SFA TO PLAY SESIWN FAWR DOLGELLAU! - 25/06/2005
Friday, July 16th 2005 - the Furries will appear at the Sesiwn Fawr Dolgellau. Friday night tickets cost £16.00 (inclusive of booking fee). Weekend tickets are available up until May 31st, 2005 at a cost of £27.00 (inclusive of booking fee). The tickets are available by contacting the Sesiwn'n official ticketline: TOCYN on 0871 2301 314. Lines are open from 9am every morning until 10.00pm every evening.
LOVE KRAFT NEWS - 22/06/2005
More News on Love Kraft
'Love Kraft' might just turn out to be the definitive Super Furry Animals album. It's certainly the loveliest, and without doubt the one that feels most like a cohesive body of work. And therein lies a delicious paradox; 'Love Kraft' is the first Super Furry Animals album to feature songs written and sung by nearly all members of the group; Bunf, Daf and Cian and Gruff all contribute,
In diversifying it seems Super Furry Animals have found new focus. In calling off the search for meaning they have stumbled upon it by intuition and the power of magic alone. Of course, when a band has played together for 10 years there is bound to be secret knowledge between them, a certain shared aesthetic, but few groups can claim to hit their creative peak a decade in, especially with a full-on psychedelic soul masterpiece such as 'Love Kraft'.
'Love Kraft' is immense in scope, with more than half its 12 tracks featuring swooning string arrangements (courtesy of unofficial Furry and sometime High Llama, Sean O'Hagan), as well the odd appearance from a 100-strong mixed voice Catalan choir. Strangely though, for a record that's ended up so large, the initial "concept" was deliberately scaled back by producer Mario Caldato (Beastie Boys and the guy who mixed 'Phantom Power').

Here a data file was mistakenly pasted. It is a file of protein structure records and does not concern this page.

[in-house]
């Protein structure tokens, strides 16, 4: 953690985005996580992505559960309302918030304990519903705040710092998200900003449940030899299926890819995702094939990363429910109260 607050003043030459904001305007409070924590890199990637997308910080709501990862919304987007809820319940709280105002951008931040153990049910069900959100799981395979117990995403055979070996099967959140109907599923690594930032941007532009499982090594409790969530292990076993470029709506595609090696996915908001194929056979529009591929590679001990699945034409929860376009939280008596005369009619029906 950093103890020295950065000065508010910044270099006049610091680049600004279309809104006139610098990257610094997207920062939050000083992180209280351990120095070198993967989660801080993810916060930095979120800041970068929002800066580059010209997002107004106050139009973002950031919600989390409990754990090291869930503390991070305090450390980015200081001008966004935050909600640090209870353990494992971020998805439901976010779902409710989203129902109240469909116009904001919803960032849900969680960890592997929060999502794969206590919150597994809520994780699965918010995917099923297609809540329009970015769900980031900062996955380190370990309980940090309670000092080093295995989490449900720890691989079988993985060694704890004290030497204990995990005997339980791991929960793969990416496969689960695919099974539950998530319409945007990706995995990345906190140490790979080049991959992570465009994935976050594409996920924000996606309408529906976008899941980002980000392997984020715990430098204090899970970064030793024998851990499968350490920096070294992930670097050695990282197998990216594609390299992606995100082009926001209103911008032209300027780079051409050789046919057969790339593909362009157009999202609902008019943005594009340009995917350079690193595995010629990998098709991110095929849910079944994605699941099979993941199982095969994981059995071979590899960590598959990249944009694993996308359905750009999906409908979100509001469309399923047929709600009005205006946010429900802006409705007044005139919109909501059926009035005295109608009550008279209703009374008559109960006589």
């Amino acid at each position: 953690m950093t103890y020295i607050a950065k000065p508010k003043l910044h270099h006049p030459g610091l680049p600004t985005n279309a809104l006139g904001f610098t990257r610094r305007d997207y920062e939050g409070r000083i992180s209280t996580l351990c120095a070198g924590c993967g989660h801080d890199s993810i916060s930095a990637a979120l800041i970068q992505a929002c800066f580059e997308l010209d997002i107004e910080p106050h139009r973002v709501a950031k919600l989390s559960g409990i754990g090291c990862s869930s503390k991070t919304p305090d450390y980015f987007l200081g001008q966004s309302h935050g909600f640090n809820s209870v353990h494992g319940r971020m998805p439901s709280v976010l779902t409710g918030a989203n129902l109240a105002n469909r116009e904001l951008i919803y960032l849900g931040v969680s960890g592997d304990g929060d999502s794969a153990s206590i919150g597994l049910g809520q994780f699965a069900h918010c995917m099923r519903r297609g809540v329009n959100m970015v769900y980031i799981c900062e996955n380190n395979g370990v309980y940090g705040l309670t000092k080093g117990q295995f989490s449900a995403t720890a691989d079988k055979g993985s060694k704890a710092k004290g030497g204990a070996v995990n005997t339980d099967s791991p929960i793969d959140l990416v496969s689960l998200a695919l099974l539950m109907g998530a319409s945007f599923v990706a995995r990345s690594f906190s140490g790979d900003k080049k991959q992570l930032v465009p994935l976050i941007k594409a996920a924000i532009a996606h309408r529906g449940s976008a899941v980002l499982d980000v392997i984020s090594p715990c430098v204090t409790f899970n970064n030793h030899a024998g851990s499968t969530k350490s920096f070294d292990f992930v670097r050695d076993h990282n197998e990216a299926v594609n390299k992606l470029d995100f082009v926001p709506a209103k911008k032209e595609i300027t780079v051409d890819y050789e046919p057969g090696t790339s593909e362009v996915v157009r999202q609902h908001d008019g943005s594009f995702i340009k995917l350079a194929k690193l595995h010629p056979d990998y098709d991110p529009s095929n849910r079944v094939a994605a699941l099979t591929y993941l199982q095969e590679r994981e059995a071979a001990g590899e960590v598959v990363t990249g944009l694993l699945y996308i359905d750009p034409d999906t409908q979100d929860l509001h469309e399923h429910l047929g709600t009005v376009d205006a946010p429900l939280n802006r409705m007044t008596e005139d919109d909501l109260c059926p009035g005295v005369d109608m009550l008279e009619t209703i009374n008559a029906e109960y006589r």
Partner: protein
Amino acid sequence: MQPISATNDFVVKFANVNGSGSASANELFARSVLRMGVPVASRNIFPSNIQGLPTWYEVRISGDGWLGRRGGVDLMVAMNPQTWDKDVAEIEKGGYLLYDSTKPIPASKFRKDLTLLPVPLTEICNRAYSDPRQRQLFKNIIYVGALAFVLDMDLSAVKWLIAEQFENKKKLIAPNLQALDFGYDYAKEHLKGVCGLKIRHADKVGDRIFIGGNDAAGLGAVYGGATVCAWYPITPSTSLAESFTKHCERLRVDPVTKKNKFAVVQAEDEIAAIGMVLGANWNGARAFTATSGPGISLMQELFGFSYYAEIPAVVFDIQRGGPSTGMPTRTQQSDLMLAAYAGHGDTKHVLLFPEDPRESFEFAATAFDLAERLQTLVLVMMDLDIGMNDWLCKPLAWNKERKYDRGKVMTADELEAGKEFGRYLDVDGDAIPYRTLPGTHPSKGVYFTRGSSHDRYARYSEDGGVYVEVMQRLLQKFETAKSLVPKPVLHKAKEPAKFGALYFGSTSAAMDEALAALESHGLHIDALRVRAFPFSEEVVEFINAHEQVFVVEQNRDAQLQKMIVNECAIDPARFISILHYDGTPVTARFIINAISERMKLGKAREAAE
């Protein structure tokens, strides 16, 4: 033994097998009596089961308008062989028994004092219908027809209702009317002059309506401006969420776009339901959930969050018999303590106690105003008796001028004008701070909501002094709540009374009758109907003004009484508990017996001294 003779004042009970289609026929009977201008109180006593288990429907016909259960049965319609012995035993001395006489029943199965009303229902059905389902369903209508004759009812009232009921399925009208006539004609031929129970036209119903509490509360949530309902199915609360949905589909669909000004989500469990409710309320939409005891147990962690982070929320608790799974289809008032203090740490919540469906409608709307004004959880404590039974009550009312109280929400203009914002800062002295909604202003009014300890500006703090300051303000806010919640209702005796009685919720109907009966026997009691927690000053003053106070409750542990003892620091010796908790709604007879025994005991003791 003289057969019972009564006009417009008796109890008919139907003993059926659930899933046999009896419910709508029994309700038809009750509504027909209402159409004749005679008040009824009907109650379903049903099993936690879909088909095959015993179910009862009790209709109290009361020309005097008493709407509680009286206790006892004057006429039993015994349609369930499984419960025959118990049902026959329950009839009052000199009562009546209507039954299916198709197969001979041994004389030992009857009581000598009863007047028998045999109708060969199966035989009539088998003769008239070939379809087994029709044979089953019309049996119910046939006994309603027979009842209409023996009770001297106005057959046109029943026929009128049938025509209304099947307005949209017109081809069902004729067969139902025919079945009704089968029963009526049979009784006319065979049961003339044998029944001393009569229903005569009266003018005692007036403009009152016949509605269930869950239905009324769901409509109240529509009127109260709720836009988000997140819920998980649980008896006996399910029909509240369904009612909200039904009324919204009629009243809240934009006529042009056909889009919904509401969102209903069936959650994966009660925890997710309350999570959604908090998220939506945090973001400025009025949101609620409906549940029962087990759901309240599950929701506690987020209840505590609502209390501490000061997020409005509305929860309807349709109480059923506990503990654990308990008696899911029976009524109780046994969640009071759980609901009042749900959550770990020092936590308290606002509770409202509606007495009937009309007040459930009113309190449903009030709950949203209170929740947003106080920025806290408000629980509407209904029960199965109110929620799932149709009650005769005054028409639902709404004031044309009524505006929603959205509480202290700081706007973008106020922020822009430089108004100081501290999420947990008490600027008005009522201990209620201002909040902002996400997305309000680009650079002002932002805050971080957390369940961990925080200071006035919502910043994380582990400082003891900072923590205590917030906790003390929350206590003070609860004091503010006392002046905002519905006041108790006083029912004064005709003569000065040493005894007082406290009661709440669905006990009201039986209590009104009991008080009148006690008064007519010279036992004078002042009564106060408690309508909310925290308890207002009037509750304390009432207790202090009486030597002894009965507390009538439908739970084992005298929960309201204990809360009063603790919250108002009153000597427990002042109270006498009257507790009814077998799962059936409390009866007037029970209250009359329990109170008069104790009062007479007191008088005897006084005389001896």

"The idea was to have everything loose in structure," says Gruff. "Normally, because we are all into production techniques, we go for a specifically stylised sound in each song. But Mario tried to get us to have not such a strong idea of how things go in your head before they go down on tape."
"We just learned the songs and played them," says Daf. "It was one of the first time's we've actually rehearsed before going in to record. [As a result] the playing is not so forced and we ended up keeping a lot of whole takes and demos"
This was in Spain, during the first phase of what the band refer to as their "decadent" album. Recorded over three weeks in the Catalonian sunshine (the first sound you hear is of Bunf diving in a swimming pool) and then mixed in a suburb of Rio De Janiero over a languid summer sojourn of good food, dubious clubs and football tricks learned on the beach, 'Love Kraft' is a step away from the more overtly angry Super Furries we may have seen in the past. But this is no sell-out.